14Results for "August 9, 1784"
Princeton in the West Indies
Under the leadership of President Witherspoon, the College of New Jersey launched an ill-fated campaign to secure donations from slaveholding planter elites in the West Indies.
Princeton’s Founding Trustees
A firm majority of Princeton's founding trustees (sixteen out of twenty-three) bought, sold, traded, or inherited slaves during their lifetimes.
Samuel Stanhope Smith
Samuel Stanhope Smith, Princeton’s seventh president (1795-1812), was an early defender of the unity of mankind—arguing that environment, not innate biological differences, determined one’s race. His convictions, however, did not prevent him from owning slaves himself, and his teachings ultimately influenced Princeton alumni to establish the American Colonization Society.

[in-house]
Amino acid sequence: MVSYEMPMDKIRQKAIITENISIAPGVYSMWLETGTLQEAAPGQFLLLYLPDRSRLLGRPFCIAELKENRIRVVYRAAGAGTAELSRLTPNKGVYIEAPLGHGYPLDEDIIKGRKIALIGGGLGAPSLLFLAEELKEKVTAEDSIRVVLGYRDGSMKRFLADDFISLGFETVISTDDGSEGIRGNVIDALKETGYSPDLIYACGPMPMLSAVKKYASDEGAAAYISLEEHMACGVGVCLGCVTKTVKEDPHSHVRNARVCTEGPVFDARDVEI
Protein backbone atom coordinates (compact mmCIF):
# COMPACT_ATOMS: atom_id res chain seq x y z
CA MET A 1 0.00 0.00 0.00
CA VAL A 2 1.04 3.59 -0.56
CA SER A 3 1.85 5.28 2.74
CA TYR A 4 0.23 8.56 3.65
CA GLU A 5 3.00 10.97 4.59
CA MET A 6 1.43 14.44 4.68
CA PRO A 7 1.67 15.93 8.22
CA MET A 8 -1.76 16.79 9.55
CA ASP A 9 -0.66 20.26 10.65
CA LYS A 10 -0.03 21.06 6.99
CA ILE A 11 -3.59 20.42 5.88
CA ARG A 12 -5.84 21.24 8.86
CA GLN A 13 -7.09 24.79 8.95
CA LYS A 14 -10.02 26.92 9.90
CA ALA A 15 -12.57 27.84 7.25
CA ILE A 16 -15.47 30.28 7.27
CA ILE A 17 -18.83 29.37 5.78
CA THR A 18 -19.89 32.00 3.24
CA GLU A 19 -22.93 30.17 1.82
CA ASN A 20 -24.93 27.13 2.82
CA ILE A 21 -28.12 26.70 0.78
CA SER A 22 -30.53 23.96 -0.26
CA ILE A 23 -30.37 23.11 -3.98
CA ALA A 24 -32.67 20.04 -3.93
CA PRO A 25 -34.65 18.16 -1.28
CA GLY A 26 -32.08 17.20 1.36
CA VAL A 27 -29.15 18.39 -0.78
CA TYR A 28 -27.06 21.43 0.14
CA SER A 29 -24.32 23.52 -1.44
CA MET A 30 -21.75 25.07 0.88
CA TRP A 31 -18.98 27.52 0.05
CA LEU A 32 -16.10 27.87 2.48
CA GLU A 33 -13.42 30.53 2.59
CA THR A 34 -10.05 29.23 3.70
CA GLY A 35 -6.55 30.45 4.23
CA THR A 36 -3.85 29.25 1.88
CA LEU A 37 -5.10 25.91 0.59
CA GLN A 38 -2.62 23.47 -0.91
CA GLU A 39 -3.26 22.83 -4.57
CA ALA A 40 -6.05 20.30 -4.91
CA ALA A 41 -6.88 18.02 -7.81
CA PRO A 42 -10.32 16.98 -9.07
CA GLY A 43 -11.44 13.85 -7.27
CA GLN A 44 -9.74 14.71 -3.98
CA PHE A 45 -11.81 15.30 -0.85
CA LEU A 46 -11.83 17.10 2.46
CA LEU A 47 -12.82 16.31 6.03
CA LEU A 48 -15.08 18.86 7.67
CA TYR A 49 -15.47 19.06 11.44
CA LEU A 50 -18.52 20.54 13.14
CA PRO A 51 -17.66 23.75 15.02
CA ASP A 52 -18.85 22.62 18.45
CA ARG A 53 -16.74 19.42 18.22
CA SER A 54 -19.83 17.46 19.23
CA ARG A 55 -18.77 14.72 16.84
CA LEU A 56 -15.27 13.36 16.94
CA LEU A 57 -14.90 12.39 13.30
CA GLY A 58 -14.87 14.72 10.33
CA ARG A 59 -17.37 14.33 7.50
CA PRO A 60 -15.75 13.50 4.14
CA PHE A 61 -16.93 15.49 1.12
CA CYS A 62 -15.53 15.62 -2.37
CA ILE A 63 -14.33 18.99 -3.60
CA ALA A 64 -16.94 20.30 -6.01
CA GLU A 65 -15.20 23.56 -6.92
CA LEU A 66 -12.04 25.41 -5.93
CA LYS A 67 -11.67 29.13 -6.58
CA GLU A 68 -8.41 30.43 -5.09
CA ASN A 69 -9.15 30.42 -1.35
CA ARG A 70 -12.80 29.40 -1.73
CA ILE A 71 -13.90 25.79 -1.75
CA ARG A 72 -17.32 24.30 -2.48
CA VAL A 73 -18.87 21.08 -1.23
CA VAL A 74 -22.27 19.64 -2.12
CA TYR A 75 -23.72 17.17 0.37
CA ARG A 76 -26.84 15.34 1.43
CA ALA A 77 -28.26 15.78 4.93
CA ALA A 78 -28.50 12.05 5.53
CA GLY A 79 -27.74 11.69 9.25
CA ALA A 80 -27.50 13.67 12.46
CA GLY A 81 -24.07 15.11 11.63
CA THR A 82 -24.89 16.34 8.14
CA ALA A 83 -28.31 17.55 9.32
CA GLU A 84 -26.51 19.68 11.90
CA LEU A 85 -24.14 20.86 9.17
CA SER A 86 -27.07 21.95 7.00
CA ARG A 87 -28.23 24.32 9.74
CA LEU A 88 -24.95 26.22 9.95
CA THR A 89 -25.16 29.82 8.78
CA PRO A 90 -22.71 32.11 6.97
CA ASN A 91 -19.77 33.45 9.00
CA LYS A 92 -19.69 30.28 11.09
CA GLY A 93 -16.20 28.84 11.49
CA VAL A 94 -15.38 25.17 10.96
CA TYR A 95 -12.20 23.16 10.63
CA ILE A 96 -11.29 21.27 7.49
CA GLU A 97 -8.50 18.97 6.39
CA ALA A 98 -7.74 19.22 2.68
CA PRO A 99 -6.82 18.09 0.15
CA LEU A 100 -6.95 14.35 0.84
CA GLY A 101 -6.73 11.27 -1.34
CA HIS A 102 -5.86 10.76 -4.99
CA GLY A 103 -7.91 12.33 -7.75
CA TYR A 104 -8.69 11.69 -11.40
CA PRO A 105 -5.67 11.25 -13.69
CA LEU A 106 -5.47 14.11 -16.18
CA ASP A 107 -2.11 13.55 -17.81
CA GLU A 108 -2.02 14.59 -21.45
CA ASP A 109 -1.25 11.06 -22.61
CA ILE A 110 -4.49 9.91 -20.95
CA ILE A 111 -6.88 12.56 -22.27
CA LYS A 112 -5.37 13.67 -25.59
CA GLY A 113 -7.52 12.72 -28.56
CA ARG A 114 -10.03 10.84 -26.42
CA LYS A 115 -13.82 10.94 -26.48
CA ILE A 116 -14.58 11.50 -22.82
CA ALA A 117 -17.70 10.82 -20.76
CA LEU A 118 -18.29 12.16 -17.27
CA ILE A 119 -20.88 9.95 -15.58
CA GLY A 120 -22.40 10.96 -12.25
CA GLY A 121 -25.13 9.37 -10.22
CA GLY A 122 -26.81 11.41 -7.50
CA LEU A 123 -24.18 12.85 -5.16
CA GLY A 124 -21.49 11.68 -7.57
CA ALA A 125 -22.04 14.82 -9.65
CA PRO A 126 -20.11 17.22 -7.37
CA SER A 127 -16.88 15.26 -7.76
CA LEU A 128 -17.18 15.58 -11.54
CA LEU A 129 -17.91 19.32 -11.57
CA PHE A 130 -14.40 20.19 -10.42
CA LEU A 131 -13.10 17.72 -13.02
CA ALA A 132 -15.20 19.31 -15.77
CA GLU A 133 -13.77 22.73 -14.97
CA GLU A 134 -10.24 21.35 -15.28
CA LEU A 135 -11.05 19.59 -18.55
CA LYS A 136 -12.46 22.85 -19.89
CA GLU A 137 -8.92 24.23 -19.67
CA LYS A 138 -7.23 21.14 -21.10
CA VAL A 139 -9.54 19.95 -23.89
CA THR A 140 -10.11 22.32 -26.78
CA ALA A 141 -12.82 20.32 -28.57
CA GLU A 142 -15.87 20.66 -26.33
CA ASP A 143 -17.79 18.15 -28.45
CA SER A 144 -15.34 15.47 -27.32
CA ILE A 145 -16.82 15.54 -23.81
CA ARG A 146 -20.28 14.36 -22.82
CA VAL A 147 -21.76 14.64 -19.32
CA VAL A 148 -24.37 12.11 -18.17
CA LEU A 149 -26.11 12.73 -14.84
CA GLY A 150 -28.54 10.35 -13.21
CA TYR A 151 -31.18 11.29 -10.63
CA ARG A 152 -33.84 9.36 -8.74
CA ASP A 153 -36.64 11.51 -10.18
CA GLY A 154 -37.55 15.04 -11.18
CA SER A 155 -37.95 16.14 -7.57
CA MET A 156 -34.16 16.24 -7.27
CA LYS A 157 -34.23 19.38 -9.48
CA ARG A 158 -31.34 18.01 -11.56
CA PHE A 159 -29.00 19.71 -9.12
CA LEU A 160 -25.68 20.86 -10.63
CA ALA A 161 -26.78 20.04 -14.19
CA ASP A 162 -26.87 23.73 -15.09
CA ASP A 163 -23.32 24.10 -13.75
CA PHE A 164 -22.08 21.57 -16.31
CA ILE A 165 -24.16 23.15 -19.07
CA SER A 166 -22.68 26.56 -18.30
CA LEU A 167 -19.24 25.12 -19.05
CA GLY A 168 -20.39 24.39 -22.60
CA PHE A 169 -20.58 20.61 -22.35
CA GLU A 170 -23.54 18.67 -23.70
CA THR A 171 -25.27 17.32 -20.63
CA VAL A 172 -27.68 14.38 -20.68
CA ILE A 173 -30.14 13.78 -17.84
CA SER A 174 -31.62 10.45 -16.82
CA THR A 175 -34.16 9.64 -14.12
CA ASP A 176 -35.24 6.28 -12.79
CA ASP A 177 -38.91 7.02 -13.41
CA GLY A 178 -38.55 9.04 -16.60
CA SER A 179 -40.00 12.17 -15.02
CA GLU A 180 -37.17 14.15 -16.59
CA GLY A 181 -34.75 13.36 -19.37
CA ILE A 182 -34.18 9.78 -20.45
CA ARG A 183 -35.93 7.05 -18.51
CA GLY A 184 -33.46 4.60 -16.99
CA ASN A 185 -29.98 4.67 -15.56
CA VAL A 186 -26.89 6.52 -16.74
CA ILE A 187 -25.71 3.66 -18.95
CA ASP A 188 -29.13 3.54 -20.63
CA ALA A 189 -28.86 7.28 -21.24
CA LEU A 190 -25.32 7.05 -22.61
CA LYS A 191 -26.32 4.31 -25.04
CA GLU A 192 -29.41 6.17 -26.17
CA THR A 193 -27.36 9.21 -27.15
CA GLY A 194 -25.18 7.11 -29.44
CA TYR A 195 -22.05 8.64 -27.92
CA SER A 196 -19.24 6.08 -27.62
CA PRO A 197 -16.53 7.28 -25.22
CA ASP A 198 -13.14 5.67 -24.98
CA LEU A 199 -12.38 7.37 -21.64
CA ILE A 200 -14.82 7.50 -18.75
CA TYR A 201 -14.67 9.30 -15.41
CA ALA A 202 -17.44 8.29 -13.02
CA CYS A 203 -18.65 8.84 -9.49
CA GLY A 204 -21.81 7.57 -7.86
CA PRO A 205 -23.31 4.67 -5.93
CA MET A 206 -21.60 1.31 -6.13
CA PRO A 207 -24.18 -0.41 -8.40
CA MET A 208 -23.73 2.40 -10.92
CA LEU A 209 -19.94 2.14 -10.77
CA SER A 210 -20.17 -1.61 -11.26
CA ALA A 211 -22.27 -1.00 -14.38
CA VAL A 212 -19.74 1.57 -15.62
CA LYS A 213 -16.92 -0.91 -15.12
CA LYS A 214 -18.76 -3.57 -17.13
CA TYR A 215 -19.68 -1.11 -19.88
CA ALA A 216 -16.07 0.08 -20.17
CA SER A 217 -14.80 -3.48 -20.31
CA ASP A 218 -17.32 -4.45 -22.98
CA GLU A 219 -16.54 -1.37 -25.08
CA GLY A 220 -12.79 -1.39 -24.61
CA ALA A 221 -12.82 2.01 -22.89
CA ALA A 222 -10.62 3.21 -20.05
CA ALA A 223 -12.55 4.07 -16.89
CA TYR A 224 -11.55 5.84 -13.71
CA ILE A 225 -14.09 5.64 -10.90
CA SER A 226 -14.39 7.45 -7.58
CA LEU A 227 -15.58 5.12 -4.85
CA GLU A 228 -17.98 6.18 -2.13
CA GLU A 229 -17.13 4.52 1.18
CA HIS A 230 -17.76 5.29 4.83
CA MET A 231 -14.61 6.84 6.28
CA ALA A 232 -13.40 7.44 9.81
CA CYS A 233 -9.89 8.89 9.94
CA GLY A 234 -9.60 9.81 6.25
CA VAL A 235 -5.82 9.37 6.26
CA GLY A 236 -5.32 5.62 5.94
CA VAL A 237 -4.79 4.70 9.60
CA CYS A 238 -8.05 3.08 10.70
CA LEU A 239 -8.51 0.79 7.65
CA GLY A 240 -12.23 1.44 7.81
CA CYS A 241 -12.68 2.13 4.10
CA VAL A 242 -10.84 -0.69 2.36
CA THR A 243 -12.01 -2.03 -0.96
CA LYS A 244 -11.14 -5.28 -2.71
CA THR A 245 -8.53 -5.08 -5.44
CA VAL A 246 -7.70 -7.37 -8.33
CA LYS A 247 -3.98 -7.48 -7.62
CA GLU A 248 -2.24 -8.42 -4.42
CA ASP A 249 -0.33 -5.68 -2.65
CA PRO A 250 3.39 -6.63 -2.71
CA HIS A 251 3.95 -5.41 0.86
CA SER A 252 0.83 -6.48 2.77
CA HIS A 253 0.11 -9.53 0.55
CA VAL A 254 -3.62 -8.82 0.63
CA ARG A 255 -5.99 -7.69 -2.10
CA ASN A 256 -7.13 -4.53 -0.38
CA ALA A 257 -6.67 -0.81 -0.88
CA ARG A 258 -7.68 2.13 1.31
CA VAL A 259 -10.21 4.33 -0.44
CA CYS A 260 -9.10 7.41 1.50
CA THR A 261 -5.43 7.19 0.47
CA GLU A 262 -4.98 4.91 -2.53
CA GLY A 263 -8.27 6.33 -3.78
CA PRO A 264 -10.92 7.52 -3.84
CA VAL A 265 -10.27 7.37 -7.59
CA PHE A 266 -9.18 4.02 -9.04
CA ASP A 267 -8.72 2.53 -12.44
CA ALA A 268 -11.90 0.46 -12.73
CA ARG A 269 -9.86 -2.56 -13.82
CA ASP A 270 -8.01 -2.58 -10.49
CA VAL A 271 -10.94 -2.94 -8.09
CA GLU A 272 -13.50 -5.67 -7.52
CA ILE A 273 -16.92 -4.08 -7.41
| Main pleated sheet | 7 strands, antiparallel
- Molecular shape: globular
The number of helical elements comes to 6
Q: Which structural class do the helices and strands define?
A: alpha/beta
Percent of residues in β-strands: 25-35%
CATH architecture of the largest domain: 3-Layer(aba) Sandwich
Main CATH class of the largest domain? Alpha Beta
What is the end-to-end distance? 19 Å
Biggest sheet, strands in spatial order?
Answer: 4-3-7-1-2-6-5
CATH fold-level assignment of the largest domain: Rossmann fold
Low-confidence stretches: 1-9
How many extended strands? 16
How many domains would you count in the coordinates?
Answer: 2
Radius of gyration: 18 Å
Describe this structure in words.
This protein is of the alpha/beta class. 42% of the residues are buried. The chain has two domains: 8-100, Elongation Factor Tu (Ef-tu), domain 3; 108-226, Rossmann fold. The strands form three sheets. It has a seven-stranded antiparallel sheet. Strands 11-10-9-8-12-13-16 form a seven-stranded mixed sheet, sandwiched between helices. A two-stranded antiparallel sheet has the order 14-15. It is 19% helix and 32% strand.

Princeton and Slavery: Holding the Center
Princeton University, founded as the College of New Jersey in 1746, exemplifies the central paradox of American history. From the start, liberty and slavery were intertwined.
Princeton’s Fugitive Slaves
Princeton residents published at least 28 newspaper advertisements for runaway slaves between 1774 and 1818. Each tells a unique story of courage and resistance in the face of tremendous odds.
Legal complaint signed by Aaron Burr Jr.
Legal complaint from Aaron Burr Jr.'s client Thomas Stevenson, regarding a woman who was enslaved by Stevenson and purportedly lured away by a man named John Lake.